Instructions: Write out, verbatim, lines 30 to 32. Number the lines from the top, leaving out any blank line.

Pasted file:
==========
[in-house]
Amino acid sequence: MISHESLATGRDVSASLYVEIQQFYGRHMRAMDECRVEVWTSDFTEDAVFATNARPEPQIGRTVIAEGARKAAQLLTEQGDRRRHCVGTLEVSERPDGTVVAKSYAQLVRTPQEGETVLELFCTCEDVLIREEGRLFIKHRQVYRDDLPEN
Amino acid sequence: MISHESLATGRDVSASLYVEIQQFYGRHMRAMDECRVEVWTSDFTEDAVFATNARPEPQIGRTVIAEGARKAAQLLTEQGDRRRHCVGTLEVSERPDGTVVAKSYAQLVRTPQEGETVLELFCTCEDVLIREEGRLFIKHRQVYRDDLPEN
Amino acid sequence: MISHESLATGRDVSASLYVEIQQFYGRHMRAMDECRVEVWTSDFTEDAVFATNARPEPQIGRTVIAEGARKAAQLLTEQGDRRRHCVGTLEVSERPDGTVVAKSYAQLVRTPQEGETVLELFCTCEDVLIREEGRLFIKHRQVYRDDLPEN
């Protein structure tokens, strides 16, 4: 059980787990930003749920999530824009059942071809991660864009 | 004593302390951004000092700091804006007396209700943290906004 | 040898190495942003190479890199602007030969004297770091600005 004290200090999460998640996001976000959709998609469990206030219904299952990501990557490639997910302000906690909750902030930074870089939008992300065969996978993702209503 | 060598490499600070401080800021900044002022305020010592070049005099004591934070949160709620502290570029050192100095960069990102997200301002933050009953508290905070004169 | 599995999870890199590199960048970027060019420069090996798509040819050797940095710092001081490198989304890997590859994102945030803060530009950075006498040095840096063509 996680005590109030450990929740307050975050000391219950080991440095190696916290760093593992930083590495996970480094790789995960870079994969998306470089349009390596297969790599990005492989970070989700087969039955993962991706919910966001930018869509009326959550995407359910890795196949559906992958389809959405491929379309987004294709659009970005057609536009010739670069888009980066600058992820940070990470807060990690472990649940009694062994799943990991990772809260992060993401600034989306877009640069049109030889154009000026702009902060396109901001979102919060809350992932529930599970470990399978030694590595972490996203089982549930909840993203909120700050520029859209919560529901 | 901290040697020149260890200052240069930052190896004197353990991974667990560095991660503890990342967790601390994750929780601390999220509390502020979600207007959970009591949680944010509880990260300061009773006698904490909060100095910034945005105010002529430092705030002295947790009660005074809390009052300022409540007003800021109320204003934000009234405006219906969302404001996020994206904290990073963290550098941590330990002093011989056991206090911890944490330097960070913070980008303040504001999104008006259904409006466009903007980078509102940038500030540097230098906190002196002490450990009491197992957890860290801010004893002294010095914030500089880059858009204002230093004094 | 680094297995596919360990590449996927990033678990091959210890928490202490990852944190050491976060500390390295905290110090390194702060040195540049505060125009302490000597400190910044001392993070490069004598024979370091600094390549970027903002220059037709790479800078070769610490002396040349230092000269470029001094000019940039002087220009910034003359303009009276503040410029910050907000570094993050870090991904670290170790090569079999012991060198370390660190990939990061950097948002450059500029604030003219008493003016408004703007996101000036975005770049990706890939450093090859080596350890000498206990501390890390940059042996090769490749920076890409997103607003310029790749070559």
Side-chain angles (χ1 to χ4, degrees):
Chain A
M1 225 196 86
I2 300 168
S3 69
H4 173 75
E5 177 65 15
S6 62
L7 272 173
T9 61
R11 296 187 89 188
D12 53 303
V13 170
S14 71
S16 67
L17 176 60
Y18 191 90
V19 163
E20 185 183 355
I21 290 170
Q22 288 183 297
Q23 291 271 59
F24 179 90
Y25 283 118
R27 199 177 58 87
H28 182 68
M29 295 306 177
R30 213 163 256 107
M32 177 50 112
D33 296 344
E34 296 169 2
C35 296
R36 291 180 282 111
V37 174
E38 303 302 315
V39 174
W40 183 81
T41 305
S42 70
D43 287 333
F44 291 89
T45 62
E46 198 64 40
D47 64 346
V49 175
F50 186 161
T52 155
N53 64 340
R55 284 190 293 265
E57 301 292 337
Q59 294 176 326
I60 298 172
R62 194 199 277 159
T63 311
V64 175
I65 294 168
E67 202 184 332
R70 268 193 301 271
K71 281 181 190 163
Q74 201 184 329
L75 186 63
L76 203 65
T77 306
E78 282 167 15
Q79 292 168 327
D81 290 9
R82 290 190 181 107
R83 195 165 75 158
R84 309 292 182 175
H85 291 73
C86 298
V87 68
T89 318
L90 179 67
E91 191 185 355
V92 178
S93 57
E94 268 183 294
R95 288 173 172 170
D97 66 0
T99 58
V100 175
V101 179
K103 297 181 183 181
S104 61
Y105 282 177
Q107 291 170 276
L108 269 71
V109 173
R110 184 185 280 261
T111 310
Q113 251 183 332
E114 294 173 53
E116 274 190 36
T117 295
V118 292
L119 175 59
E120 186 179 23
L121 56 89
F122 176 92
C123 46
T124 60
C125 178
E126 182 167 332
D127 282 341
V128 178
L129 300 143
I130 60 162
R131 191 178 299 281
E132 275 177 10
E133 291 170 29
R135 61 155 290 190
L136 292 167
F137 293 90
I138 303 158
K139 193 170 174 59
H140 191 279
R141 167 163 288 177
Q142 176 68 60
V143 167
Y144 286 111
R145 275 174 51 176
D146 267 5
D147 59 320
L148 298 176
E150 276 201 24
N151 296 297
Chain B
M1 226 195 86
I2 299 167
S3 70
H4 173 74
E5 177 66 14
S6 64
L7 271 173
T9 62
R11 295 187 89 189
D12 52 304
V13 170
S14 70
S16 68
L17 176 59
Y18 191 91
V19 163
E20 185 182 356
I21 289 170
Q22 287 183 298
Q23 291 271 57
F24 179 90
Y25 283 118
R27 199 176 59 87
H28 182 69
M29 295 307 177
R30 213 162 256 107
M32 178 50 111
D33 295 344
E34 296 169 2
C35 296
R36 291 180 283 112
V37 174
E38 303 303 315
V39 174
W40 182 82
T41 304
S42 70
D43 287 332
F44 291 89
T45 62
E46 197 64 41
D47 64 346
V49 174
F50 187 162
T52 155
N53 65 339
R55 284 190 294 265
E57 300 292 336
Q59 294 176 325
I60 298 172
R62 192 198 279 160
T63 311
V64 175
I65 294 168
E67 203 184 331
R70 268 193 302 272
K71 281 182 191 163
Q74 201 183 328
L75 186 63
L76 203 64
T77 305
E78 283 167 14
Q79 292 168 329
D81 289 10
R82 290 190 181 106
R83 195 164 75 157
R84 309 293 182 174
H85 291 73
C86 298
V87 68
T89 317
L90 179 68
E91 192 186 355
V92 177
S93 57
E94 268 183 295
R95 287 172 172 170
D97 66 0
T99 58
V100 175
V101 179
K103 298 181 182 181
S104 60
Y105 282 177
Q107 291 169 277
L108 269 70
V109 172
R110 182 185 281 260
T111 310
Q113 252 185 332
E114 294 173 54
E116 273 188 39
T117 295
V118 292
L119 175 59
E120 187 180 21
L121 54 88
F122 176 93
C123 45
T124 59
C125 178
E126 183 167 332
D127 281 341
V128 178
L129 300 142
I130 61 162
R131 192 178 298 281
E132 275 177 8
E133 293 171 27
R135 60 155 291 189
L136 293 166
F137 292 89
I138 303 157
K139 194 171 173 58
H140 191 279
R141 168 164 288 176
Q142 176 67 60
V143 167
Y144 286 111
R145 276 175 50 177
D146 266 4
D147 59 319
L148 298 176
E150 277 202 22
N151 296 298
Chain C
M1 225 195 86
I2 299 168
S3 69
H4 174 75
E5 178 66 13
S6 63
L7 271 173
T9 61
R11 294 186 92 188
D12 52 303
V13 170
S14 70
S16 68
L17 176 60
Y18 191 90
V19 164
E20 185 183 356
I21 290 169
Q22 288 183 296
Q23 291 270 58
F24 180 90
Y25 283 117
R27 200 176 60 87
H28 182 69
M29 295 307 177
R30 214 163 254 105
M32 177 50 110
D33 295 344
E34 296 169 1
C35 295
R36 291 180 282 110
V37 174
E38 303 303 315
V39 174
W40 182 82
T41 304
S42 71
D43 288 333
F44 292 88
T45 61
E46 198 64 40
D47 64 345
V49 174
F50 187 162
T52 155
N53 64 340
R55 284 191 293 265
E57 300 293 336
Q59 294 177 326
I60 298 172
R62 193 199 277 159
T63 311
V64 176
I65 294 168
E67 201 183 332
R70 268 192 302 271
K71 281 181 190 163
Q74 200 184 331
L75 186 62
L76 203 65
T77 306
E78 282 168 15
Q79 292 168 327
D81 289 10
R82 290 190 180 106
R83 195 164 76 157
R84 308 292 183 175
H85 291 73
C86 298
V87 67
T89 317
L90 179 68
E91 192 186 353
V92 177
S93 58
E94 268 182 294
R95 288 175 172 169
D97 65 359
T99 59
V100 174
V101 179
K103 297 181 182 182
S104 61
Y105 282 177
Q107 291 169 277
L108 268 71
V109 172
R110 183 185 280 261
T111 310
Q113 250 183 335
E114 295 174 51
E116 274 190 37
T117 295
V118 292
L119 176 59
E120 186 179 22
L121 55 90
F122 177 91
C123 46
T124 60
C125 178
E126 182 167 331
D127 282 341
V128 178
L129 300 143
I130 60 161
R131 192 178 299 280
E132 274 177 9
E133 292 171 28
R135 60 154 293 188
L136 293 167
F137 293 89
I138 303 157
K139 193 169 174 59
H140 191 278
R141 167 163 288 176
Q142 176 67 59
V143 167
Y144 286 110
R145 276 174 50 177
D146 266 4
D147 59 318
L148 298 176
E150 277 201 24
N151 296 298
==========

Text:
R27 199 177 58 87
H28 182 68
M29 295 306 177